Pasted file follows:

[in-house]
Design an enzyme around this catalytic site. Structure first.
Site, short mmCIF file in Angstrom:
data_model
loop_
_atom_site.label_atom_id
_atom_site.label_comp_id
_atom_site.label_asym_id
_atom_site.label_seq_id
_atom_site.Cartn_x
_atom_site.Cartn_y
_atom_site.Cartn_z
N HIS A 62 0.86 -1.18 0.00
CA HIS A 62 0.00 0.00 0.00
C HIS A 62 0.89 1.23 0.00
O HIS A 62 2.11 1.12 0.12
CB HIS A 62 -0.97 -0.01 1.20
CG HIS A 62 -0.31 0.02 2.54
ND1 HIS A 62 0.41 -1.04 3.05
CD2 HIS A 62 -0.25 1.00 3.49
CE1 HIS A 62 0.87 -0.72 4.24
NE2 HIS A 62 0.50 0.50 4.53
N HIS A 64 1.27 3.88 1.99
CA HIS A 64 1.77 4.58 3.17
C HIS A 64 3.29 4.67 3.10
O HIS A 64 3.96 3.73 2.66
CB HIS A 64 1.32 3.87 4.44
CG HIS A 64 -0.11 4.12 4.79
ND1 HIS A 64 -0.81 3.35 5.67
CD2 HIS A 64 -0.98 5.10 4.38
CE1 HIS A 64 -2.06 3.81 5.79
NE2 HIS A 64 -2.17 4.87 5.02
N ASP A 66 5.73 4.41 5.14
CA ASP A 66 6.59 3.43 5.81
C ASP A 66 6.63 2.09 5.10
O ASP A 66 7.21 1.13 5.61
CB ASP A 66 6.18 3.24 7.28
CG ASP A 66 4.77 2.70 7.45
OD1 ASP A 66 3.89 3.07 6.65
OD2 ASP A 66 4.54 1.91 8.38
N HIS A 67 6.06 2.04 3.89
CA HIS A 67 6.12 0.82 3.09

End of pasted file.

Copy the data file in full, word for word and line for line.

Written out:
[in-house]
Design an enzyme around this catalytic site. Structure first.
Site, short mmCIF file in Angstrom:
data_model
loop_
_atom_site.label_atom_id
_atom_site.label_comp_id
_atom_site.label_asym_id
_atom_site.label_seq_id
_atom_site.Cartn_x
_atom_site.Cartn_y
_atom_site.Cartn_z
N HIS A 62 0.86 -1.18 0.00
CA HIS A 62 0.00 0.00 0.00
C HIS A 62 0.89 1.23 0.00
O HIS A 62 2.11 1.12 0.12
CB HIS A 62 -0.97 -0.01 1.20
CG HIS A 62 -0.31 0.02 2.54
ND1 HIS A 62 0.41 -1.04 3.05
CD2 HIS A 62 -0.25 1.00 3.49
CE1 HIS A 62 0.87 -0.72 4.24
NE2 HIS A 62 0.50 0.50 4.53
N HIS A 64 1.27 3.88 1.99
CA HIS A 64 1.77 4.58 3.17
C HIS A 64 3.29 4.67 3.10
O HIS A 64 3.96 3.73 2.66
CB HIS A 64 1.32 3.87 4.44
CG HIS A 64 -0.11 4.12 4.79
ND1 HIS A 64 -0.81 3.35 5.67
CD2 HIS A 64 -0.98 5.10 4.38
CE1 HIS A 64 -2.06 3.81 5.79
NE2 HIS A 64 -2.17 4.87 5.02
N ASP A 66 5.73 4.41 5.14
CA ASP A 66 6.59 3.43 5.81
C ASP A 66 6.63 2.09 5.10
O ASP A 66 7.21 1.13 5.61
CB ASP A 66 6.18 3.24 7.28
CG ASP A 66 4.77 2.70 7.45
OD1 ASP A 66 3.89 3.07 6.65
OD2 ASP A 66 4.54 1.91 8.38
N HIS A 67 6.06 2.04 3.89
CA HIS A 67 6.12 0.82 3.09